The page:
One passage from the Gospel of John perplexed me for some time because it doesn’t seem to make sense. When speaking to a crowd at a festival, Jesus says to the people: “Let all who are thirsty come to me and drink.” (He was standing in the Temple area where there was an abundance of water for purification rituals.) Then, in the next breath, He says,
“Whoever believes in me, as scripture says: ‘Rivers of living water will flow from within him.’” (John 7:38)
Maybe you can see my confusion. First He says we should take His water in. Then He says rivers will flow out of us. Which is it? Water in or water out? Thankfully, St. John gives us the key to understanding in the following line:
He said this in reference to the Spirit that those who came to believe in him were to receive. (John 7:39)
Ah, so water for drinking represents the life that Christ gives us; we drink it in. The Holy Spirit represents water like rivers that flow out of us into the world. The image was meant to remind us of those powerful floodwaters of grace gushing from the Temple in the vision of Ezekiel (47:1-12).
A Deep Conversion
Flowing water is undoubtedly the perfect image for another vision that took place sometime in 1894, in the Church of Saint Sulpice in Paris. The visionary was the most famous painter of his day, Jacques Joseph Tissot (1836-1902). He was French but called himself James because of his love of English culture. (James is the English equivalent of Jacques.)
His conversion took place when Tissot had returned to his native France after years working in London as a society painter whose fame far eclipsed even the avant garde Impressionist painters of his day. Tissot was friends with all of them but did not join their movement because he considered his own style of painting – called Realism – much more attractive to his patrons, who were willing to pay handsome sums for his portraits. For that reason, he was also the wealthiest artist of his day.
You can probably see why he was so famous in high society when you get a look at a few of his portraits. They are stunning in their detail and beauty. (I love the little dog trotting on the sidewalk in the last one.)
Despite his solid Catholic upbringing, though, Tissot had been in an irregular living situation in London with a woman who was one of his models. She bore him a child and they lived together for a dozen years before she died of tuberculosis in 1882. Little is known of their son, Cecil, who was raised by an aunt because of his mother’s illness. Soon after her death, Tissot decided to return to the land of his birth and get back in touch with his roots. The move was providential.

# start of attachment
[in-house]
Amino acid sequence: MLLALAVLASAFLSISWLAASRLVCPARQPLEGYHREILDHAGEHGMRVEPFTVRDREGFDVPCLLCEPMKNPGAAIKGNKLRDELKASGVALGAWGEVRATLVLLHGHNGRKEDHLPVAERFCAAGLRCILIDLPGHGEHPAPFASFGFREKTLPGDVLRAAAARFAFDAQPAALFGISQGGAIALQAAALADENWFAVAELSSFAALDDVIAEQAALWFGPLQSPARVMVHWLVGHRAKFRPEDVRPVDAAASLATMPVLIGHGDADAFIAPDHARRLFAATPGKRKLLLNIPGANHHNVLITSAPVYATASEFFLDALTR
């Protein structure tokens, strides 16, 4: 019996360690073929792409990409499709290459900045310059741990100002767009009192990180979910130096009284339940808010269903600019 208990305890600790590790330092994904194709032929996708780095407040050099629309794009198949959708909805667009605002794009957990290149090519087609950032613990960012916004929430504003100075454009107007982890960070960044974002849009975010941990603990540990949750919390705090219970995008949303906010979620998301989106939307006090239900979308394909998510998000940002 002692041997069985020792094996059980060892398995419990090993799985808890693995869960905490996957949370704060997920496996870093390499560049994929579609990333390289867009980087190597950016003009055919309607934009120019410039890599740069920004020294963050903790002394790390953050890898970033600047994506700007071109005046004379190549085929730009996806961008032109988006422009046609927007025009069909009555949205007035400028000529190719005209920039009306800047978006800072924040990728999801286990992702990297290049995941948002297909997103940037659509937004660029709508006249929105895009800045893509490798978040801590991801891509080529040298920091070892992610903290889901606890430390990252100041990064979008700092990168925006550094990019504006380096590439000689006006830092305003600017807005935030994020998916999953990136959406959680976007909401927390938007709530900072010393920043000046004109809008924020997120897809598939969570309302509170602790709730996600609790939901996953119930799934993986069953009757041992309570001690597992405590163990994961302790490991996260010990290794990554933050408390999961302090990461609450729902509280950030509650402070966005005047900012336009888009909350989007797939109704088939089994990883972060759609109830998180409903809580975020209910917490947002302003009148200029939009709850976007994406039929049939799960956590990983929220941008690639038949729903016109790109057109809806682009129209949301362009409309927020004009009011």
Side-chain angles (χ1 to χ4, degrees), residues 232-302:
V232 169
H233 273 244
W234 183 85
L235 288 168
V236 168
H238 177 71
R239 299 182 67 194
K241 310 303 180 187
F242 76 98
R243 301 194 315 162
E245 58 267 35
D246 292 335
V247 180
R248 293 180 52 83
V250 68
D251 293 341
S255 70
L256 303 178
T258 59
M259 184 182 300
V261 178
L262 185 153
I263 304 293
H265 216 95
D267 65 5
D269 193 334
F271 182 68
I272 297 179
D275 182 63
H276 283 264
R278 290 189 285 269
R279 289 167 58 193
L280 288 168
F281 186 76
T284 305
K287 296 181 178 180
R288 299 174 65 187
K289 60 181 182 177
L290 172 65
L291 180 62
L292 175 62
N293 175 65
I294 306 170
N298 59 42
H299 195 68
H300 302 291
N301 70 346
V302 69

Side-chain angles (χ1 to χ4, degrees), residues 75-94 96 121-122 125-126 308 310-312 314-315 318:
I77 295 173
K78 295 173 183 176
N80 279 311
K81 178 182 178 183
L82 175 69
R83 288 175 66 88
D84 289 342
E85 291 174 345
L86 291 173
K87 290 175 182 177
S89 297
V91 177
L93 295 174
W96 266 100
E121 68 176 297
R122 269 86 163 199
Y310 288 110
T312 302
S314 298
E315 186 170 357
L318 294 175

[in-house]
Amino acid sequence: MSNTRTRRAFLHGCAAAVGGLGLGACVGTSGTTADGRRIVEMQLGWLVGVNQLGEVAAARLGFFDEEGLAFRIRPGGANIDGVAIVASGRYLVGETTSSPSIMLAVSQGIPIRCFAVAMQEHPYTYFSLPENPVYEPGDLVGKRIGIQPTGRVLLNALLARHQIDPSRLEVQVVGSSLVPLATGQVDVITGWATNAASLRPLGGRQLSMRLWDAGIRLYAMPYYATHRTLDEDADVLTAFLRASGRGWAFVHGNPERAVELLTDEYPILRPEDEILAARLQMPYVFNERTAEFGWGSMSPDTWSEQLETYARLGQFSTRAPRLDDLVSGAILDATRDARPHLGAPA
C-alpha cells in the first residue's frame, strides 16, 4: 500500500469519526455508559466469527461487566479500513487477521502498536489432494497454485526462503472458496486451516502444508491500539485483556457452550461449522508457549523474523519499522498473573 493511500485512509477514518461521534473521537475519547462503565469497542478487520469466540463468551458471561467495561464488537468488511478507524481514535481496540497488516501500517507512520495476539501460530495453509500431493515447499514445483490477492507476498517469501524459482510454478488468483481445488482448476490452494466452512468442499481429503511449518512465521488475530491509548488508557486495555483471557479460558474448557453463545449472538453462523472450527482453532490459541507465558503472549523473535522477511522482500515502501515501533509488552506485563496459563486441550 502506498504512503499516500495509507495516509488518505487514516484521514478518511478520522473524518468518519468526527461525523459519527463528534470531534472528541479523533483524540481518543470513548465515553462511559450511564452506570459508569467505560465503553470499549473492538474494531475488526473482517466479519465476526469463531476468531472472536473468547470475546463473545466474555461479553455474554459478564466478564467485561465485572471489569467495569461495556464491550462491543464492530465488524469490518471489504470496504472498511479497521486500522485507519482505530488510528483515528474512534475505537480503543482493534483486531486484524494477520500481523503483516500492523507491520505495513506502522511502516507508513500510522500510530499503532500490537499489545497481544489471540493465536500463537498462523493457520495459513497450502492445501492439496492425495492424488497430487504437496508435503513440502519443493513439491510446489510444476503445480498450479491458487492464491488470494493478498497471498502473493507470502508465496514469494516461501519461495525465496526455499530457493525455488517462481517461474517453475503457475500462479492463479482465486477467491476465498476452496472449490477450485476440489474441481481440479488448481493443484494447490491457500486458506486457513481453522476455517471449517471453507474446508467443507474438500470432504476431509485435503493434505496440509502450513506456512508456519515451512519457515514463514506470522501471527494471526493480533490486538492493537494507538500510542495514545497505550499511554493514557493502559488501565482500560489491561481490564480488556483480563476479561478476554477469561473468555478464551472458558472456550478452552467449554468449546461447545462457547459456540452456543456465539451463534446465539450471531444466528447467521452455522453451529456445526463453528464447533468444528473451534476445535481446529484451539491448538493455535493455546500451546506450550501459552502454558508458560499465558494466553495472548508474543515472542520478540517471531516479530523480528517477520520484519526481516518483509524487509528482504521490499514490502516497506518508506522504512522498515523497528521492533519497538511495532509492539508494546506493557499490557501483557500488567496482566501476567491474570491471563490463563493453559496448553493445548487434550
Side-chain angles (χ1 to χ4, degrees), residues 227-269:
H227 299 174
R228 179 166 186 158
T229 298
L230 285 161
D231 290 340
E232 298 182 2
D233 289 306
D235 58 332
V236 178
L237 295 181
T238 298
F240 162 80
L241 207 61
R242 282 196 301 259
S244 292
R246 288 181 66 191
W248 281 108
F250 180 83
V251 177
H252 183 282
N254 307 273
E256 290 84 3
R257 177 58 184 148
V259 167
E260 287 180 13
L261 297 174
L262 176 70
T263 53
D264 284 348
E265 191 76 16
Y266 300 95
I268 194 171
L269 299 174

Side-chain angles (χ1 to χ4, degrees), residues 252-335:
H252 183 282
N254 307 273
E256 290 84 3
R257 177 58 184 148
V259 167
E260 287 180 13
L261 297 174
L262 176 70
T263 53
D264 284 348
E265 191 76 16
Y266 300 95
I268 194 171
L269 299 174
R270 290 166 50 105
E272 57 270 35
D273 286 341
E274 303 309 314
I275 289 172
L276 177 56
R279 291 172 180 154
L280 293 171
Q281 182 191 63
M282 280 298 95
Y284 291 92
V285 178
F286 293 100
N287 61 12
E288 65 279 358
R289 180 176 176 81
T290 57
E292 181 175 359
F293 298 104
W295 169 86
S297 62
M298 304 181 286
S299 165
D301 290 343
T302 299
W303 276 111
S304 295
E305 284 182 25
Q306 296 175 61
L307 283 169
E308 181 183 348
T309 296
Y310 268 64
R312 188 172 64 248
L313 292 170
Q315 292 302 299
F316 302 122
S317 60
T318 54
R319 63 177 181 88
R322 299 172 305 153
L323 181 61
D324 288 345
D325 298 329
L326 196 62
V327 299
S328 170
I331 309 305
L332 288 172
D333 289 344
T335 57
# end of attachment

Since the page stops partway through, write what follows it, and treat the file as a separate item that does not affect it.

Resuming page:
As Tissot was praying during Mass in Saint Sulpice one day, he had an unexpected vision of Christ on the Cross, a spiritual experience that he later said transformed his life completely. It must have been like the vision Mother Teresa of Calcutta had on a train at a time when her soul was open to the grace God wanted to give her. Tissot, like Mother Teresa, drank in the grace that was given in the vision.
He spoke of it rarely and without any explanation of the details, but it was – to use St. John’s imagery – a watershed moment for his life. It’s not an exaggeration to say that from Tissot’s spiritual conversion a river of blessing flowed into the world. In the remaining twenty years of his life, Tissot travelled to the Holy Land three times (1886, 1889, and 1896) and dedicated himself to painting all the major scenes in the entire Bible! No small project.
Actually Two Projects
After displaying the bulk of his paintings in Paris in 1894-95, his work became known colloquially as “Tissot’s Bible” although that was not his name for it. He called the 365 watercolor paintings simply, “The Life of Our Lord Jesus Christ”, in which he sought to vivify the familiar stories of Jesus in the four Gospels with realistic depictions of people, places, scenes, and even animals and objects in order to give people a clear idea of what it must have been like to actually accompany Jesus on His mission.
After his Holy Land trip in 1896, Tissot painted an additional 95 scenes of the Old Testament, intending to create many more, although he never completed that project due to his sudden death in 1902 just short of his 66th birthday.
In his approach to the scenes, Tissot operated on the common European assumption of the time that the Middle East – its people, lifestyles, institutions, and even landscape – had remained largely unchanged from the time of Jesus. Though that was not true, Tissot was such a talented artist that his realistic depictions of 19th century Semitic culture opened a sort of sacred window that enabled generations of Christians to actually envision something of Jesus’ time and people.
One writer said that this mistaken assumption was fortunate because it
accounts for some of the admirable documentary detail of his work: the patterns of rugs, tiles, lattices, textiles, capitals and costumes; and the precise rituals and pageantry, including the segregated society of men and women. Jesus walks through narrow passageways; sits in dark, moonlit rooms; strides down stone streets; and when not on the sea, traverses a pink, gold or blue landscape with oases of palms and olive trees that is starkly beautiful—its rock piles casting gray and mauve shadows. At times one also sees the Jerusalem of Tissot’s day—its red-and-white striped buildings bleached white in the gleaming sun.(1)
Tissot’s pictorial documentation of the Middle East became a template of the life and times of Christ that would profoundly impact religious art after that. It is said that Mel Gibson’s Passion drew heavily from Tissot’s depictions, as well as many other films. (Although the bible describes the Ark of the Covenant in some detail, there is an uncanny resemblance between Tissot’s Ark and the one unearthed by Indiana Jones in the 1981 movie, Raiders of the Lost Ark. Coincidence?)